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Molecularly Imprinted Polymer Receptors for Nicotine Recognition in Biological systems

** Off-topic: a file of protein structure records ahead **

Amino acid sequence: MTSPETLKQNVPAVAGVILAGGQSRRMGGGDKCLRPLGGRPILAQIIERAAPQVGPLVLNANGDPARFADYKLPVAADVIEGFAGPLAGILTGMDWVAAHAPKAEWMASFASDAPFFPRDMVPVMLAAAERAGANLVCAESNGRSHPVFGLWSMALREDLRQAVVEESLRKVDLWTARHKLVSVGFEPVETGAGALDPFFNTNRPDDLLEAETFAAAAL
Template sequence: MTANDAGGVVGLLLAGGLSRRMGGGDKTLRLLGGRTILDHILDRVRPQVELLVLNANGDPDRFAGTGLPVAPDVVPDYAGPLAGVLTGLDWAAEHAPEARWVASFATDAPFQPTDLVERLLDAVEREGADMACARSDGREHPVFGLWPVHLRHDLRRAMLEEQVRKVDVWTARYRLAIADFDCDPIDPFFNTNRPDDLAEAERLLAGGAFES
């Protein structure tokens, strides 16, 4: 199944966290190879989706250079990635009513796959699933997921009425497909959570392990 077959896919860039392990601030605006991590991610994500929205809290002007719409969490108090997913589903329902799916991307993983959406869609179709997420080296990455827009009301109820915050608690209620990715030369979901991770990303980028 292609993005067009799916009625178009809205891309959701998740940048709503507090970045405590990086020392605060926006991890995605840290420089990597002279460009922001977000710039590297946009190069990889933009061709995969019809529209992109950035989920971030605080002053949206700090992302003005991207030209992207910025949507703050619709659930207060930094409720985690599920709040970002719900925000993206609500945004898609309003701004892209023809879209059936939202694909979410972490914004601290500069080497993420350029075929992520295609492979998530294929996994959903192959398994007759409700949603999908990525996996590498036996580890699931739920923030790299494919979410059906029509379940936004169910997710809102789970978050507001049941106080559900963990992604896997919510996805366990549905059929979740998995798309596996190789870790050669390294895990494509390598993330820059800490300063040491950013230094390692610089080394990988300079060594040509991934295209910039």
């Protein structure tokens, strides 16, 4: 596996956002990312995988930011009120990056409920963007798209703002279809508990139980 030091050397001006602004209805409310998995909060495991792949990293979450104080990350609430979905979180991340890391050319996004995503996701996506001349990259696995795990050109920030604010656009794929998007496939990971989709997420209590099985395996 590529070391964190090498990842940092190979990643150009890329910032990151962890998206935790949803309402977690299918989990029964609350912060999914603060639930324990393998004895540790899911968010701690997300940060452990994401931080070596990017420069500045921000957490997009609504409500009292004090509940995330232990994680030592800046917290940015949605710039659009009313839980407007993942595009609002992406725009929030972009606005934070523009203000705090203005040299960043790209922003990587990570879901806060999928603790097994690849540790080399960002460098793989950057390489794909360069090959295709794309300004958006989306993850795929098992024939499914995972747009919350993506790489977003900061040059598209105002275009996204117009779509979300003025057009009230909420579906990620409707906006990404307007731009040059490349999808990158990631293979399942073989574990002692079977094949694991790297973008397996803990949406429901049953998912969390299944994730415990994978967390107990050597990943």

Molecular imprinting of nicotine and related carcinogenic chemicals in itaconic acid – ethylene glycol dimethacrylate copolymer is described. Molecularly imprinted polymers (MIPs) are made to contain binding sites capable of recognizing nicotine; thus the fingerprint of the nicotine created in the polymer allows it to serve as an ideal molecular recognition element. We demonstrate that the imprinted polymers show high selective binding affinity in biological buffers. This is a previously un-described initiative for molecular imprinting, since the binding occurs under conditions relevant to biological systems. Due to effect of molecular imprinting nanocavities with size 24±5 nm were formed and these nicotine receptor sites were distributed homogeneously in the nicotine imprinted polymer. The nicotine receptors showed highly selective to nicotine with Kd values as low as 10-5M, and the levels of selectivity similar to those of natural molecules - acetylcholine esterase (AChE). The recognition properties of the polymer receptor were analyzed using ultra-violet spectroscopy, computer simulations and adsorption assay. Importantly, the receptors were effective in wide pH range (6.8-8.2) while the natural nicotine receptors showed high binding only at pH 7.6. The high specificity and stability of artificial receptors rendered them promising alternatives to enzymes, antibodies, and other natural receptors useful in biomedical assays, sensors and drug development.
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